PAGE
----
Evidence points to disease and suspect water quality behind plunging native river roach populations

Significant evidence has emerged from official records and angling archives that native river roach populations have not plunged as a result of predation – but were more likely victims years ago of disease and suspect water quality.

Bacterium flexibar columnaris that causes ulcerated dermal necrosis (UDN) swept through Norfolk waters during the 1970s and early 1980s, the visible symptoms extensive fungus growth and open lesions.

Giant roach were spotted floating belly up in the non-tidal rivers and remedial measures that involved annual restocking of popular venues were undertaken with fish netted from private lakes and pits as well as the Costessey fish farm to maintain interest among angling clubs years before commercial fisheries began to shape the future.

Most certainly otters could not be targeted, for in 1985 a survey of 137 separate Norfolk sites revealed just two areas that showed positive signs of an otter habitat.

And just to put the record straight, The Otter Trust during its 15-year operation before it closed down in 1999, released only 81 of these semi-tamed mammals throughout the whole of East Anglia (Norfolk, Suffolk and Cambridgeshire).

Steps were taken by local fisheries officers to kick-start recovery by an Off River Supplement (ORS) scheme that involved introducing fish spawn gathered from the Costessey fish farm into predator proof inlets of main rivers.

Aylsham Club secretary Keith Sutton was an eye witness of this exercise on the upper River Bure.

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He recalled: 'Once the spawn reached the egg sac stage, the larvae all died off. It seems there was something in or not in the water that caused the ORS to fail and a netting survey below Aylsham Mill produced just half a dozen small dace.'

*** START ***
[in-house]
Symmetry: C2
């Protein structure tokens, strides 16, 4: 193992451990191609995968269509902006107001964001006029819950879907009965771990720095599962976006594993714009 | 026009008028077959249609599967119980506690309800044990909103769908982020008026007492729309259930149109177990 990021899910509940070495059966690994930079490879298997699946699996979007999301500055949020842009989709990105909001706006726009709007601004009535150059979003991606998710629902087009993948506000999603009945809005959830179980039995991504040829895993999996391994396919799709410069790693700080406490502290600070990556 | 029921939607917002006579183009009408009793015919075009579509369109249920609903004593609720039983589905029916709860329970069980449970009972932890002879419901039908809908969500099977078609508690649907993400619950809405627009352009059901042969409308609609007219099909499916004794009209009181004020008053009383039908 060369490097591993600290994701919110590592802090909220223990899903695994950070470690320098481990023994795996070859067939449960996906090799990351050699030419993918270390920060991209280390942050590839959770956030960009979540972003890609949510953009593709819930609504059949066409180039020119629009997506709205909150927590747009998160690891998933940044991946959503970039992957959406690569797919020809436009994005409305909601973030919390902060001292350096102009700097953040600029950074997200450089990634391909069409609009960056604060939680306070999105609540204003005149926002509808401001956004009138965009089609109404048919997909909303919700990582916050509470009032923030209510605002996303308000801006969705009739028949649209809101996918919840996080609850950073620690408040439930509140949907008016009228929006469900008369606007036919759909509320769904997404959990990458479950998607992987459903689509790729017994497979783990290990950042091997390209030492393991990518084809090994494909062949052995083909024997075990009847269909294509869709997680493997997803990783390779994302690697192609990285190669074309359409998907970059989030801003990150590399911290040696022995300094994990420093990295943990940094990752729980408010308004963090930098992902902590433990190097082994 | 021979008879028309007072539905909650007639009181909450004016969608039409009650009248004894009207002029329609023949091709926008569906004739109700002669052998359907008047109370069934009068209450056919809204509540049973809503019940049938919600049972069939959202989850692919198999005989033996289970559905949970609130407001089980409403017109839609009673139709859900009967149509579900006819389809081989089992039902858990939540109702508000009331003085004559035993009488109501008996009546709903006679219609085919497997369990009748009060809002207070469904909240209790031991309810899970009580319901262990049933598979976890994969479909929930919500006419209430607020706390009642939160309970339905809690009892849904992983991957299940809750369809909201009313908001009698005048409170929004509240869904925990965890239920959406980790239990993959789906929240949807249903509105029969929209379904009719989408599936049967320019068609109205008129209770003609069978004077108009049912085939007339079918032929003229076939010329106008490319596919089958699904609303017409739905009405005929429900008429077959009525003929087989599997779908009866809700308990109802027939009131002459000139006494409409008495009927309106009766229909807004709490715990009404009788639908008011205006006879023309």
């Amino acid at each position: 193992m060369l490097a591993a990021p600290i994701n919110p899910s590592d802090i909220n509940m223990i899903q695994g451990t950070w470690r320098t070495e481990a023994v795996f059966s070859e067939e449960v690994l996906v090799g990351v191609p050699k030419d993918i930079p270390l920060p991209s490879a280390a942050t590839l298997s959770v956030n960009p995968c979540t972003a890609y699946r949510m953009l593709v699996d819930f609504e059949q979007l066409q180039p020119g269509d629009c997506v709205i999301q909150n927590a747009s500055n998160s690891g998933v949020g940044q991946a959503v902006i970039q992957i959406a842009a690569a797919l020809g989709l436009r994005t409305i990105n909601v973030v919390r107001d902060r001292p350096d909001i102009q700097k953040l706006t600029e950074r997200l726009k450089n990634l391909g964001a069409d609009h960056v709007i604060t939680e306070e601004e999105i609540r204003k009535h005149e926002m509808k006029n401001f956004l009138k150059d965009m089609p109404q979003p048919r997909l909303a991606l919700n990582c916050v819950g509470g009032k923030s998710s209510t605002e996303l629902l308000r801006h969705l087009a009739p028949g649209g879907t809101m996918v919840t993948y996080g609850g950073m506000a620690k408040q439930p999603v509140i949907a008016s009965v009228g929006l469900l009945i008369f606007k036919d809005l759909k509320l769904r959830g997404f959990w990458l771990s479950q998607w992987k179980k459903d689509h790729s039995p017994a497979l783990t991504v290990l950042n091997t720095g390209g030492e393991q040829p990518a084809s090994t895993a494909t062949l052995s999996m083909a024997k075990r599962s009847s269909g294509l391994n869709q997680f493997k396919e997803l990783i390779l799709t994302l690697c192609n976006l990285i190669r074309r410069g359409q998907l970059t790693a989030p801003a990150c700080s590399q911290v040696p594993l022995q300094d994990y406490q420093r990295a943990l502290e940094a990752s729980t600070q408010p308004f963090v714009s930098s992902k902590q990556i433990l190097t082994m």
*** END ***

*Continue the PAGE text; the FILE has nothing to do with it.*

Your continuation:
More light was shed on this phenomenon by a study of roach growth rates in the River Wensum conducted by the Environment Agency fish biologist Dr Helen Beardsley, assisted by Robert Brittan at the School of Environmental Sciences at Bournemouth University.

The few roach they captured displayed growth rates well below the norm and this was put down to – wait for it – phosphate stripping from sewage effluent that created a chemical imbalance reducing the fertility that used to nourish giant three pound plus roach and rudd.

Helen Beardsley noted the slowest growth of roach occurred between 2005 and 2008, which gives credence to the belief of Norfolk's highly-esteemed fisheries scientist Dr Jonathan Wortley, who, way back in the 1970s, argued that the drive towards achieving purer water in our small non-tidal rivers would result in sterility and possibly a lifeless habitat.

Meanwhile, some of the cull-the-otter tendency are demanding responses to suggestions that non-anglers have no right to contribute to the otter debate while insisting that female of the species can actually produce three or four litters every year.

Clearly they cannot accept that fish were not put on this planet for gratuitous gratification of rod and line anglers, but are, like the otters themselves, just part of nature's gifts to be revered.

Angling is a privilege granted on tidal waters by King John in 1215 and on non-tidal waters by whoever possesses the riparian's right.

Female otters can breed only once a year with an average of two offspring surviving, with some mothers often missing a season because the previous year's family is still hanging on.

Advice and application forms are available from Natural England online (enquiries@naturalengland.org.uk).

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